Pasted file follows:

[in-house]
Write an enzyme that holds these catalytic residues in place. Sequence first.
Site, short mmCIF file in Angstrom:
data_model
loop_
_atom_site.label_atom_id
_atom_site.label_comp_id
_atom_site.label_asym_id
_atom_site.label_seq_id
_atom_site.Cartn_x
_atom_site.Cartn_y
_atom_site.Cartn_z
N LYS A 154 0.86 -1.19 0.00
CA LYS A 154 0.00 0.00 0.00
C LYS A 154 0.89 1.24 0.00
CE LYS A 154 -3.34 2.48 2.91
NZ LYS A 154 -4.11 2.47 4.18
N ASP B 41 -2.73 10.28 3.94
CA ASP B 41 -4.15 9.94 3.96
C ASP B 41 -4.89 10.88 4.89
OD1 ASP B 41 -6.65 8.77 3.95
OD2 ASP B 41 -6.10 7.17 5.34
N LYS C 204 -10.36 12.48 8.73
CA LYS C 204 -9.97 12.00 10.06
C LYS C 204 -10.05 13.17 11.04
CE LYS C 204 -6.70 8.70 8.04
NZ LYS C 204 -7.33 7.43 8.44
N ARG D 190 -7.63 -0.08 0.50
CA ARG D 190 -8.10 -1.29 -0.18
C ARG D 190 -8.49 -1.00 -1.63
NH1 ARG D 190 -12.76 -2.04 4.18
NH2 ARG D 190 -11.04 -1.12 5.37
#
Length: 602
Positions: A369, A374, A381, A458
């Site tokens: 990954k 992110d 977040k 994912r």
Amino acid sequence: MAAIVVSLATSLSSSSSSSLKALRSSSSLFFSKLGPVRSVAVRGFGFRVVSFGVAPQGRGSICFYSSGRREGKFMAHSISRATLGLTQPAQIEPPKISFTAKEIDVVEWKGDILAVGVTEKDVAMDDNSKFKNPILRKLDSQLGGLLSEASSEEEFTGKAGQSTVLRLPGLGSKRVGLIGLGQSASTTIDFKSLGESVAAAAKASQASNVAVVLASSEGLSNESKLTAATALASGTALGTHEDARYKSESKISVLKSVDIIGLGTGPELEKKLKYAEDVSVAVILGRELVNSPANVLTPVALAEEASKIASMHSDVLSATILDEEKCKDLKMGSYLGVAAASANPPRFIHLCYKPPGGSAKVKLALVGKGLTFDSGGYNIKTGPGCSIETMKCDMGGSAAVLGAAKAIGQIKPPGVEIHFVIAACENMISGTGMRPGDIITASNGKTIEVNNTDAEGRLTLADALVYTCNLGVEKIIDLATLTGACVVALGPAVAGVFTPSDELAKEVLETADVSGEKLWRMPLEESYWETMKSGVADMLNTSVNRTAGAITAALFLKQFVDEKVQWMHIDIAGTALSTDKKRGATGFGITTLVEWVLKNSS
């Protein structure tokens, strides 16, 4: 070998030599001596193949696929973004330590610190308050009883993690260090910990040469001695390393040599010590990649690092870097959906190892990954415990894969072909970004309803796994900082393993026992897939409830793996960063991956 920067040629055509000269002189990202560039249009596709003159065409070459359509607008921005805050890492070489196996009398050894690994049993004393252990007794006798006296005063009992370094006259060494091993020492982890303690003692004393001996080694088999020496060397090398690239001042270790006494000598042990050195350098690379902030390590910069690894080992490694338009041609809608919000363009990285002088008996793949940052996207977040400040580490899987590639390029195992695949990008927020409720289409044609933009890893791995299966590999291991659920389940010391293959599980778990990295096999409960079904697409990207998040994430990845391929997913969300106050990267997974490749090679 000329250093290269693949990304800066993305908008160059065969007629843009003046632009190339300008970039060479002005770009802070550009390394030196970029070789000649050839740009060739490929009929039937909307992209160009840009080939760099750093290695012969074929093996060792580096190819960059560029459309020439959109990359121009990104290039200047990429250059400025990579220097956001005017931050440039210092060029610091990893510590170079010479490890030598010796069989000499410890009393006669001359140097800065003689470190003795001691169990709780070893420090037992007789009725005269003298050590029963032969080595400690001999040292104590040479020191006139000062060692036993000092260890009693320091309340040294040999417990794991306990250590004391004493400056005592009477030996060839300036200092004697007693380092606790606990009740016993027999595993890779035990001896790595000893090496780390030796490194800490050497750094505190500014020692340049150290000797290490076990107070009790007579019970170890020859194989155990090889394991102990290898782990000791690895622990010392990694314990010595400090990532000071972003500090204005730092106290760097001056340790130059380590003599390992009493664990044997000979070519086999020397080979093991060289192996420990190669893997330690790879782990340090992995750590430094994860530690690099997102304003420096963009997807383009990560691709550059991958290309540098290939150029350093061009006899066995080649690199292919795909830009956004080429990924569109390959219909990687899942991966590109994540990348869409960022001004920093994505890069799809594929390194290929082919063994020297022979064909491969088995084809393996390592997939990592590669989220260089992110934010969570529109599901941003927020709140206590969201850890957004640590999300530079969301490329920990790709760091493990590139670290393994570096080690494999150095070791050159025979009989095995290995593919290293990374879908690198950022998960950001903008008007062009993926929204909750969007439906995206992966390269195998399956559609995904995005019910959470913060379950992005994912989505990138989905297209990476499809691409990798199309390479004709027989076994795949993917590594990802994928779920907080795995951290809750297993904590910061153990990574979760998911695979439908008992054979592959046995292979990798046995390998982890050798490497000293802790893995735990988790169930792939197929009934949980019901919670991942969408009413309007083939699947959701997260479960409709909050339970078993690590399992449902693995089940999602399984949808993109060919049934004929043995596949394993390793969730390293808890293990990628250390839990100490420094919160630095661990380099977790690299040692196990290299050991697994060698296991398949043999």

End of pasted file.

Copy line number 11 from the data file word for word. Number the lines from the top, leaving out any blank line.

_atom_site.Cartn_y